At the same time, young adults report having to work several jobs. African Americans in particular are working and spending significant time on secondary jobs or on temporary or contract work in addition to their primary jobs. Roughly 31 percent of African American young adults who are currently employed report having a second job; that’s true of 20 percent of Latinxs, 18 percent of whites, and 11 percent of Asian Americans. Moreover, 38 percent of African Americans who report having several jobs say they spend at least 16 hours per week working outside of their primary employment, the most of any racial or ethnic group in our sample.

What’s more, our data suggests that young adults, especially African American and Latinx young adults, don’t believe they have access to good jobs. Fully 44 percent of Latinx and 39 percent of African American respondents report that good jobs either don’t exist in their area or they can’t access them through driving or public transportation; only 29 percent of whites and 31 percent of Asian Americans say the same.


Data: GenForward Survey, February 2019, n = 2,134. (GenForward Survey/GenForward Survey)

Unsurprisingly, majorities support wealth redistribution and government involvement in the economy

Given this level of economic insecurity, it may be no surprise that young adults across race and ethnicity express strong support for more government action aimed at reducing economic inequality.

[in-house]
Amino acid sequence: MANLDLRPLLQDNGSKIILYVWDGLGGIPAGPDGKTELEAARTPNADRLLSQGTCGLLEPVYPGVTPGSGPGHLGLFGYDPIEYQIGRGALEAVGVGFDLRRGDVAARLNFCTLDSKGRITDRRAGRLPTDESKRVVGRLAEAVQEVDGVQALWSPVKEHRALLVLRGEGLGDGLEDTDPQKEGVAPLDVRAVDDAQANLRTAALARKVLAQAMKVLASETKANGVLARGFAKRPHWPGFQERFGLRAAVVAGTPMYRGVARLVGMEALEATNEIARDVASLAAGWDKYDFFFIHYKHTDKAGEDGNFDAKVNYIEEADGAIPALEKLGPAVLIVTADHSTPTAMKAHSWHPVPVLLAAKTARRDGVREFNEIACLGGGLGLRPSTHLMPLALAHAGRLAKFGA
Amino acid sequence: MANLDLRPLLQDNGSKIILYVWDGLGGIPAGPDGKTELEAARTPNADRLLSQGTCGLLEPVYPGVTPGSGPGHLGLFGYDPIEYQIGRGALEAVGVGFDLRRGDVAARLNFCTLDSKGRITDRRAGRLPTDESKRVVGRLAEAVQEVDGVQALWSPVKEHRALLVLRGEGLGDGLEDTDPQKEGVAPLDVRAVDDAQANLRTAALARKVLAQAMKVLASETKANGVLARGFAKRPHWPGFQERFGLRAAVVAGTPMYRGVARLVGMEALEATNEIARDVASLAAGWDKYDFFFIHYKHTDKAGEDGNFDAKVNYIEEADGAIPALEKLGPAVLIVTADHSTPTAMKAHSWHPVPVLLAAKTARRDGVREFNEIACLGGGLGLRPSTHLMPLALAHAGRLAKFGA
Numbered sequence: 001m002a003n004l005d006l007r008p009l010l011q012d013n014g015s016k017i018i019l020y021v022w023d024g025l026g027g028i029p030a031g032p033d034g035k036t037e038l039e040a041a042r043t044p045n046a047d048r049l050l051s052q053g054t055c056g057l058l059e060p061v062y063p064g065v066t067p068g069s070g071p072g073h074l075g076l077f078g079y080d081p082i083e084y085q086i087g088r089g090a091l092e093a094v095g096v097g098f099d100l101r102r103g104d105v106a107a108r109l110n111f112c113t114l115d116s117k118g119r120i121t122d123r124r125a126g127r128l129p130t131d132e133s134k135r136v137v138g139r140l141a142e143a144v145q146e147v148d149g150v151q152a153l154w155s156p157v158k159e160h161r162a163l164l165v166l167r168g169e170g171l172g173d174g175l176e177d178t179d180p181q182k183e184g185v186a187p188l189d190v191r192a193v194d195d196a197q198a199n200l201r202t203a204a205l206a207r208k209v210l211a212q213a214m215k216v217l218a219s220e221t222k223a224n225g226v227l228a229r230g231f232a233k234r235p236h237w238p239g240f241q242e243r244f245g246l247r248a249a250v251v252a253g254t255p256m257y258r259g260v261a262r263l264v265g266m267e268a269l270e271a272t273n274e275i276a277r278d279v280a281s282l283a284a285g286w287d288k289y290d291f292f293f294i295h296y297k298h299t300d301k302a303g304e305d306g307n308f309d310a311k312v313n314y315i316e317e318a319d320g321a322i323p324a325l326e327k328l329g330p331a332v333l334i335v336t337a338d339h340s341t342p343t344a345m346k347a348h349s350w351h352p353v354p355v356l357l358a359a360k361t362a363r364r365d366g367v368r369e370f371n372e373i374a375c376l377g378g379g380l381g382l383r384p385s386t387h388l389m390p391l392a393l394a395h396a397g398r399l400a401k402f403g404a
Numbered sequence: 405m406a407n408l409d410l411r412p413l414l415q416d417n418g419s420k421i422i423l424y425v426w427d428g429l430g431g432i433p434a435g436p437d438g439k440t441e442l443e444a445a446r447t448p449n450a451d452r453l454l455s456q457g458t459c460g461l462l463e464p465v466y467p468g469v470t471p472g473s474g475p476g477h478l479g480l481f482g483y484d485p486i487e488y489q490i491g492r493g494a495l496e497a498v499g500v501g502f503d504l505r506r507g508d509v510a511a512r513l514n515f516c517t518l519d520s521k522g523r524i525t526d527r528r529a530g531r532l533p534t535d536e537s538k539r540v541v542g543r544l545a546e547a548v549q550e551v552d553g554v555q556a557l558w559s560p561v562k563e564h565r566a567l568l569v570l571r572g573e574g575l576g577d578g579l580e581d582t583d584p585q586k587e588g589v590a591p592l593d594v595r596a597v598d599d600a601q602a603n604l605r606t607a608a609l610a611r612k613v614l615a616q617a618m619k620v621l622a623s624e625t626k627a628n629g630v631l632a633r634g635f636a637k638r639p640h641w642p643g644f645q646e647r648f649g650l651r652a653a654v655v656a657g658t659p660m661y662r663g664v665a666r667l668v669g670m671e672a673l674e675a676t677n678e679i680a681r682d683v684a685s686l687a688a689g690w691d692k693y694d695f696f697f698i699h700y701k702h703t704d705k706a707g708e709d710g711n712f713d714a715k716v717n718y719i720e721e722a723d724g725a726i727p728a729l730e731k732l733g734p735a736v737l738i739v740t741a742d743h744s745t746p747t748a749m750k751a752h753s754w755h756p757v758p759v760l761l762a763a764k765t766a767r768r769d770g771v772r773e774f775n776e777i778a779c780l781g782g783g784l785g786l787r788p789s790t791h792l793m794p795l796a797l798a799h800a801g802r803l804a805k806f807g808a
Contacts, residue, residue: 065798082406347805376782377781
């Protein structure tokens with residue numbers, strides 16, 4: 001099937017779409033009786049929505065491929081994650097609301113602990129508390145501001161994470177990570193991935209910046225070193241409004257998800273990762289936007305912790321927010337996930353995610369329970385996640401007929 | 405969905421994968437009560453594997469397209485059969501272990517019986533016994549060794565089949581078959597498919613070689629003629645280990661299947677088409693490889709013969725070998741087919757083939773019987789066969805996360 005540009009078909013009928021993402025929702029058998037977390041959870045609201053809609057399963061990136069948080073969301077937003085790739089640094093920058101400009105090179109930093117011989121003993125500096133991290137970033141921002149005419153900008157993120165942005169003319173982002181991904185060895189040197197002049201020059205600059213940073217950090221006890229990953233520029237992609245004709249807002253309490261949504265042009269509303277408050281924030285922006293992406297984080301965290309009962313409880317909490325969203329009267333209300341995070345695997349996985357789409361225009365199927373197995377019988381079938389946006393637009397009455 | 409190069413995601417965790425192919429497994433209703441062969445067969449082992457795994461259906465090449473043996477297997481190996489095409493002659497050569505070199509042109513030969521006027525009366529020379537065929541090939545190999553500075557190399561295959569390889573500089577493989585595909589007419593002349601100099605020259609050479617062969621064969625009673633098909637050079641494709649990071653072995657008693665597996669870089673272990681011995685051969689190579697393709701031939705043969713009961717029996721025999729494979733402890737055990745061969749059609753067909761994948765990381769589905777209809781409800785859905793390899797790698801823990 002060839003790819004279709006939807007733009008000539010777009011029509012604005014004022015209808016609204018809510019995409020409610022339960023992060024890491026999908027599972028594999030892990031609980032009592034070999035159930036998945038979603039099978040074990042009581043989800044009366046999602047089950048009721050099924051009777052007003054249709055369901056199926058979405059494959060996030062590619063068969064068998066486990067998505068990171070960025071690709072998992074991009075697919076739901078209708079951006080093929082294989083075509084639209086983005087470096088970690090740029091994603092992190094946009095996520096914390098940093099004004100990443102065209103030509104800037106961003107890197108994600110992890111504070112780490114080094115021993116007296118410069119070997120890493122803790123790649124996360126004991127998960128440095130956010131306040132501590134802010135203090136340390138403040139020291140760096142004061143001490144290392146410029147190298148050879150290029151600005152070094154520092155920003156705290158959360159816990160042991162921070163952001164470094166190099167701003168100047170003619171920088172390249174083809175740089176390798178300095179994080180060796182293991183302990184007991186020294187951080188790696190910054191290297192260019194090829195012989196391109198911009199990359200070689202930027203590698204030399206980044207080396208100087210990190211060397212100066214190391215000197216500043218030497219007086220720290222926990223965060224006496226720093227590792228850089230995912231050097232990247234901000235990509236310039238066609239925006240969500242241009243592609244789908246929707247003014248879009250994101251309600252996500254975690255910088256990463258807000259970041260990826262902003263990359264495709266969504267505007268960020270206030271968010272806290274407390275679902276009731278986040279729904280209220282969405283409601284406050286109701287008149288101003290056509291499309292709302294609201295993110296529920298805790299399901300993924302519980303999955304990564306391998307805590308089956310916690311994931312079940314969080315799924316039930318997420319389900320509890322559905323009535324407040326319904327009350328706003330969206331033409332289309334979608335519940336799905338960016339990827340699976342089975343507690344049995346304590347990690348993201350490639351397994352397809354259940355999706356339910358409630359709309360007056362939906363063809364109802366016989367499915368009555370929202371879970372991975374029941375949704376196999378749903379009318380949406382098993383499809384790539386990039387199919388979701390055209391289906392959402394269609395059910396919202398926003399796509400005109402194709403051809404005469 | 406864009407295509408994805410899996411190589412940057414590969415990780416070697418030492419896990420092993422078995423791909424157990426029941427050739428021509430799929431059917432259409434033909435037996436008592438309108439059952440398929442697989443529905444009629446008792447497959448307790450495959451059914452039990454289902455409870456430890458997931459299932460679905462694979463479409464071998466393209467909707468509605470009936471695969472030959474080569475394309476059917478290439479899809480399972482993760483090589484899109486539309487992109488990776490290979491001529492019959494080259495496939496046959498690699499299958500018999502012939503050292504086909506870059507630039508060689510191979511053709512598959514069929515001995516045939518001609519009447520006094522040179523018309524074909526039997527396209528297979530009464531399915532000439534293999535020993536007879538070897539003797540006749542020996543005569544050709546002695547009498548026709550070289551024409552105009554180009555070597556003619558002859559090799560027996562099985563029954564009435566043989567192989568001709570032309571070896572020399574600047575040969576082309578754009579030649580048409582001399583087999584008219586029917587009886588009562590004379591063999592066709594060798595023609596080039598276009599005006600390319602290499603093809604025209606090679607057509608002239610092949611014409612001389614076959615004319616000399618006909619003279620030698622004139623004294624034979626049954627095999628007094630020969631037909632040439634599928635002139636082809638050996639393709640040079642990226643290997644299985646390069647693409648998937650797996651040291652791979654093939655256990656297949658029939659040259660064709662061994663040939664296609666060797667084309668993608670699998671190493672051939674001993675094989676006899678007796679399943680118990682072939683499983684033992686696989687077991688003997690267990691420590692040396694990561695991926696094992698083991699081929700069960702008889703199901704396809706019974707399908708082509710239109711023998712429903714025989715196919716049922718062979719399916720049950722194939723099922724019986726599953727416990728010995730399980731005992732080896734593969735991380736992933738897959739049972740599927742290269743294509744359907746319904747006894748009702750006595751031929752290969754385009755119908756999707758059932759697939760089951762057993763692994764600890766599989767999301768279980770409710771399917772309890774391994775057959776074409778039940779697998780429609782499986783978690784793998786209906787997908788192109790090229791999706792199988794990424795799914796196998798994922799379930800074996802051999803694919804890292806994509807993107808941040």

Data: GenForward Survey, February 2019, n = 2,134. (GenForward Survey/GenForward Survey)

For instance, Sen. Elizabeth Warren has proposed a “wealth tax,” which would include a two percent tax on the assets of people with a net worth over $50 million and 3 percent tax on the assets of those with a net worth over $1 billion. That’s supported by large majorities of our respondents, including approximately 71 percent of African Americans, 75 percent of Latinxs, 87 percent of Asian Americans, and 71 percent of whites. Smaller majorities supported a proposal that the government should guarantee a job to every American adult who wants to work; that included 70 percent of African Americans, 70 percent of Latinxs, 60 percent of Asian Americans, and 52 percent of whites.

Conclusion

Our data suggest that the U.S. economy’s gains haven’t fully filtered across equally for everyone. While the Trump administration and other GOP leaders often paint young adults as idealistic socialists, the economic policy preferences of millennials are focused on protecting their jobs, securing benefits, reducing income inequality and ensuring that everyone has a decent shot at a productive economic future.

Millennials and now Generation Zers continue to face, or at least believe they face, a precarious economic future, and want the government to have their backs. Candidates for president in 2020 vying for the youth vote may wish to continue to recognize and speak to their economic insecurities.

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Vladimir Medenica and Matthew Fowler are postdoctoral scholars for the GenForward Survey at the University of Chicago. Cathy J. Cohen is founder and director of the GenForward Survey and David and Mary Winton Green professor of political science at the University of Chicago.